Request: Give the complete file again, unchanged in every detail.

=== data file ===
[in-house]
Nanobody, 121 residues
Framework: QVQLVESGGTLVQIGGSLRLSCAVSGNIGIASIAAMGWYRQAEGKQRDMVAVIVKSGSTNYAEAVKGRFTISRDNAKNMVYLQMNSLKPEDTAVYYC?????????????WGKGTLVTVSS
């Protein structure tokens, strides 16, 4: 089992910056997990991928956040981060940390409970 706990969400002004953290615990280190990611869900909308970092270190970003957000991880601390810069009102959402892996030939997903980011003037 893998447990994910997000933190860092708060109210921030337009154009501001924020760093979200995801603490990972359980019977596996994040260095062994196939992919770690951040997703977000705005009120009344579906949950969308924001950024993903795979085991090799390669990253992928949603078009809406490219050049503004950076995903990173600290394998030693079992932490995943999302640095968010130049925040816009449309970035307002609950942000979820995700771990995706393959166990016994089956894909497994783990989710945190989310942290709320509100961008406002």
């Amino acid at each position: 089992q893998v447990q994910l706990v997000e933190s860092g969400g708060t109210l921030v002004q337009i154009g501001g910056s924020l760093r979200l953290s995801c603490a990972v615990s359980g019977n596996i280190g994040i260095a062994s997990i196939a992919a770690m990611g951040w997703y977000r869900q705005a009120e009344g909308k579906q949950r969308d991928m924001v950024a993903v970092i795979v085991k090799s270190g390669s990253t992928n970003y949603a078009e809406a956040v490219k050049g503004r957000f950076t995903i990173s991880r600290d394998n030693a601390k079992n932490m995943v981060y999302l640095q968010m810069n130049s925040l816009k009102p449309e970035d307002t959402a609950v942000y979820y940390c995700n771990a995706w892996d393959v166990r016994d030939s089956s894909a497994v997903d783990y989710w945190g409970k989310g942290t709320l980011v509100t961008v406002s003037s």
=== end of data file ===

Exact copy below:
[in-house]
Nanobody, 121 residues
Framework: QVQLVESGGTLVQIGGSLRLSCAVSGNIGIASIAAMGWYRQAEGKQRDMVAVIVKSGSTNYAEAVKGRFTISRDNAKNMVYLQMNSLKPEDTAVYYC?????????????WGKGTLVTVSS
């Protein structure tokens, strides 16, 4: 089992910056997990991928956040981060940390409970 706990969400002004953290615990280190990611869900909308970092270190970003957000991880601390810069009102959402892996030939997903980011003037 893998447990994910997000933190860092708060109210921030337009154009501001924020760093979200995801603490990972359980019977596996994040260095062994196939992919770690951040997703977000705005009120009344579906949950969308924001950024993903795979085991090799390669990253992928949603078009809406490219050049503004950076995903990173600290394998030693079992932490995943999302640095968010130049925040816009449309970035307002609950942000979820995700771990995706393959166990016994089956894909497994783990989710945190989310942290709320509100961008406002």
């Amino acid at each position: 089992q893998v447990q994910l706990v997000e933190s860092g969400g708060t109210l921030v002004q337009i154009g501001g910056s924020l760093r979200l953290s995801c603490a990972v615990s359980g019977n596996i280190g994040i260095a062994s997990i196939a992919a770690m990611g951040w997703y977000r869900q705005a009120e009344g909308k579906q949950r969308d991928m924001v950024a993903v970092i795979v085991k090799s270190g390669s990253t992928n970003y949603a078009e809406a956040v490219k050049g503004r957000f950076t995903i990173s991880r600290d394998n030693a601390k079992n932490m995943v981060y999302l640095q968010m810069n130049s925040l816009k009102p449309e970035d307002t959402a609950v942000y979820y940390c995700n771990a995706w892996d393959v166990r016994d030939s089956s894909a497994v997903d783990y989710w945190g409970k989310g942290t709320l980011v509100t961008v406002s003037s």